Scratch Their Itch: Harry Emerson Fosdick, pastor of New York ‘s Riverside Church, once said “No one comes to church to find out what happened to the Jebusites.”  Fosdick was humorously advising preachers to steer clear of our pet issues in order to address the deep questions that the people in the pews (or chairs) are asking. Preachers are often guilty of scratching in places people aren’t itching. When I ask my wife to scratch my back, she doesn’t scratch my belly. Yet, we preachers have a tendency to scratch where people aren’t itching. We commit this crime in two ways. First, we raise questions in the sermon introduction that people aren’t asking. Our rapport is diminished as people start day dreaming about stuff that really matters to them, like what they’ll eat after church. The second way the preacher commits this crime is by promising, usually in the sermon introduction, to scratch a certain human itch and then failing to actually do the scratching. This second form of the crime is worse than the first because it leads to a greater sense of disappointment in listeners whose expectations are built up and then let down. So, a word to wise preachers- make sure your sermon raises and addresses a significant human itch.

REFLECTION: Which one of the points above comes most naturally to you? Which one of these tips is most challenging for you? Why? What are some other tips for building rapport that you might list?

  • Bob Whitesel

    Great insights Professor Luchetti.

    Your thoughts remind me of one of our Wesley Seminary graduates, Steve Wallace (MA in Ministry Leadership) of Baton Rouge, LA. Before he enrolled in our seminary, I had studied his emerging, organic church in Baton Rouge and wrote about it in a book. I found that his sermons were one of the strengths of this church, and he exhibited many of the things you have noted in your posting. Below is my case study analysis of his preaching. I thought some blog-readers might appreciate seeing how your principles are reflected in a student’s preaching practices. Bob W

    CHAPTER 6
    Freeway
    Baton Rouge, Louisiana

    Making Cultural Connections in Baton Rouge

    Through films, television, books, and the like, history and past experience are turned into a seemingly vast archive ‘instantly retrievable’…. The postmodern penchant for jumbling together all manner of references to past styles is one of its more pervasive characteristics.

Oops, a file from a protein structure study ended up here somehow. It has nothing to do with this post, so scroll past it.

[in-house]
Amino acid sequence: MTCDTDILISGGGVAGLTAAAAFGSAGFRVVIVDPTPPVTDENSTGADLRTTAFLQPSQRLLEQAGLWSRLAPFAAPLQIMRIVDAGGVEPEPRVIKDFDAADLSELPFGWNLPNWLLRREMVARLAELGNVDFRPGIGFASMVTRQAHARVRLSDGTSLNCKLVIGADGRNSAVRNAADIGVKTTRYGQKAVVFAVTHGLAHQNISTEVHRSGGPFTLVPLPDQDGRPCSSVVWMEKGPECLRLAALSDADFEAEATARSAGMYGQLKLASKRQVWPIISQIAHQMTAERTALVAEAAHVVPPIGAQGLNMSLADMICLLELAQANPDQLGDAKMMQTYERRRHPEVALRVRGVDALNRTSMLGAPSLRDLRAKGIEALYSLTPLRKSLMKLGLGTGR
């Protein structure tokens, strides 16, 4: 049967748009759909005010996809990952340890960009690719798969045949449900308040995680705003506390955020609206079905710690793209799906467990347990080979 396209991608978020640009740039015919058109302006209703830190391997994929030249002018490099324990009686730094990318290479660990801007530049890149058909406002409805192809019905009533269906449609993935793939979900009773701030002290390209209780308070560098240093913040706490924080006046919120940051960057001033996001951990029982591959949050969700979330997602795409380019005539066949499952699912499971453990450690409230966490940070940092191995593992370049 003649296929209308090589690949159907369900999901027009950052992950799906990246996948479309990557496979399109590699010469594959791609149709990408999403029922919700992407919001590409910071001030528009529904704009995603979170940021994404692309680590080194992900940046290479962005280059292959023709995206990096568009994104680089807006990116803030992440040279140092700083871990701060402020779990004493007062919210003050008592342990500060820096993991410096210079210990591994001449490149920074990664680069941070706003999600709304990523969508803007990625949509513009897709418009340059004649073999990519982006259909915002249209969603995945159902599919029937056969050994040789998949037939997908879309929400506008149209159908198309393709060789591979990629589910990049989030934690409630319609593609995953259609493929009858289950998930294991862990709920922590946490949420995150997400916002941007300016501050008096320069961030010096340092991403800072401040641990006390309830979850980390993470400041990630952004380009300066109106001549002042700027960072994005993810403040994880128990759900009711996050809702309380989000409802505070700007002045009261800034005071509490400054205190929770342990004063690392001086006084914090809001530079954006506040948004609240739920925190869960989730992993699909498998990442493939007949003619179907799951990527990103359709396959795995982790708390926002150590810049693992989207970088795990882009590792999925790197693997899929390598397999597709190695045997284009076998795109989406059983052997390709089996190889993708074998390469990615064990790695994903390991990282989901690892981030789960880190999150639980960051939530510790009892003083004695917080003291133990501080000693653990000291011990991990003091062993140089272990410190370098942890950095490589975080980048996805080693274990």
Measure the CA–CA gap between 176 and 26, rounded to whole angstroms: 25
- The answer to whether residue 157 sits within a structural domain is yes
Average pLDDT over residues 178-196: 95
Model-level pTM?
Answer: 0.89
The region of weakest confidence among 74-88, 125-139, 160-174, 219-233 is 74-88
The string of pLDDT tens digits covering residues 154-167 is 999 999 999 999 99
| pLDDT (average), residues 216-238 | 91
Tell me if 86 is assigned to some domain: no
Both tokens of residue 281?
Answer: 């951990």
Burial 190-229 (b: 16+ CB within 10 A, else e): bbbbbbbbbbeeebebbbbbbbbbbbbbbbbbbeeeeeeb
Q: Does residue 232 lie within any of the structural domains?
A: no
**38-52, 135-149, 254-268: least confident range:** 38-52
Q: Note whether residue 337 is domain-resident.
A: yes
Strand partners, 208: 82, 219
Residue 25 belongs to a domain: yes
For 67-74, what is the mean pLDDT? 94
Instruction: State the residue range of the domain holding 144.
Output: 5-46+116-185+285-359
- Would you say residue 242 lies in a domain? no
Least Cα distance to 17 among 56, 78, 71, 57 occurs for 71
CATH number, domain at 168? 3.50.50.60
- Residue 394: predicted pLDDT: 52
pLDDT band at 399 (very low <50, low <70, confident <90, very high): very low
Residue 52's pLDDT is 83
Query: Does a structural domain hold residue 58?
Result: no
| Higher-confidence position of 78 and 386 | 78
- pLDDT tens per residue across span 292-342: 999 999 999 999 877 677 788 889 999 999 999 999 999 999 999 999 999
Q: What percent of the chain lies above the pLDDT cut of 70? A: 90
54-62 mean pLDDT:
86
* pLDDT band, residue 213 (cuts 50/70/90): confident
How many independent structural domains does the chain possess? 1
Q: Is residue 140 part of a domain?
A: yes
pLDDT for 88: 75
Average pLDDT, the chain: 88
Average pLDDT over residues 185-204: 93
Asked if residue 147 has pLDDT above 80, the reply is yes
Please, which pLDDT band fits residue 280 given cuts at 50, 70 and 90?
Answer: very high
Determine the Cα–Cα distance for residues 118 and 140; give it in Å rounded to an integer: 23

– David Harvey, author

    First Encounters:

    The road that a young organic church called Freeway took me down was not what I expected, for the sermon careened in a surprising direction. The first half was an analysis of film-clips from young comedians and their perspective on modern culture. Often stopping the playback Steve asked attendees to yell out the next line from the movies, and a rousing chorus reminded me that these people were well acquainted with the philosophy these young comedians espoused. But Steve didn’t stop there, he soon juxtapositioned the message in these movies with the Word of God, and thoughtfully demonstrated where they converged and where they diverged.

    Dashboard:

    Church: Freeway
    Leaders: Steve Wallace (pastor), David Loti (worship leader)
    Location: Prairieville, Louisiana; a suburb of Baton Rouge
    Affiliation: Nondenominational
    Size: 65 +
    Audience: Artists, post-moderns, multiple generations, and pre-Christians – people who are spiritually sensitive.
    Website: http://www.freewaybr.com

    A Fusion of Rhythms:

    Shared Rhythms

    The Rhythm of Place
    The environment at Freeway reminded me of many other organic churches. The auditorium was lit only with candles, and refreshments were available and enjoyed throughout the evening. Informal gatherings of young people milled around the auditorium enjoying one another’s fellowship so much so that few save your author noticed that the worship service started 25 minutes late. An unhurried, but communal feel pervaded this church even before the worship celebration began.

    The Rhythm of Worship
    The worship also mirrored what I had seen in many organic congregations. The worship leaders eschewed all sense of artificial and synthetic trappings, commencing worship with an earnest and humble song of spiritual longing. In the low light of a myriad of candles, the simple words of spiritual yearning, hunger, and need pierced my heart as deeply as the song leader’s plain if put irregular vocalization. His vocal interpretation accompanied by a simple guitar rendered the words even more poignant and piercing. Within minutes this worship celebration led me into an encounter with my own fickle heart, and with a generous God who looks beyond my inadequacies.

    Inspired Rhythms

    Inspired Rhythms of Discipleship and the Word
    Steve Wallace’s topic that night was “Why do we laugh at other people?” and his message began with a look at what he called “the four voices of our generation.” Expecting to hear homilies by poets, philosophers or lyricists, I was surprised when on the screen appeared the faces of comedians Jim Carrey, Ben Stiller, Adam Sandler and Will Farrell. “These are the people who are telling you what to think” continued Steve, “and I want you to understand what they’re saying.”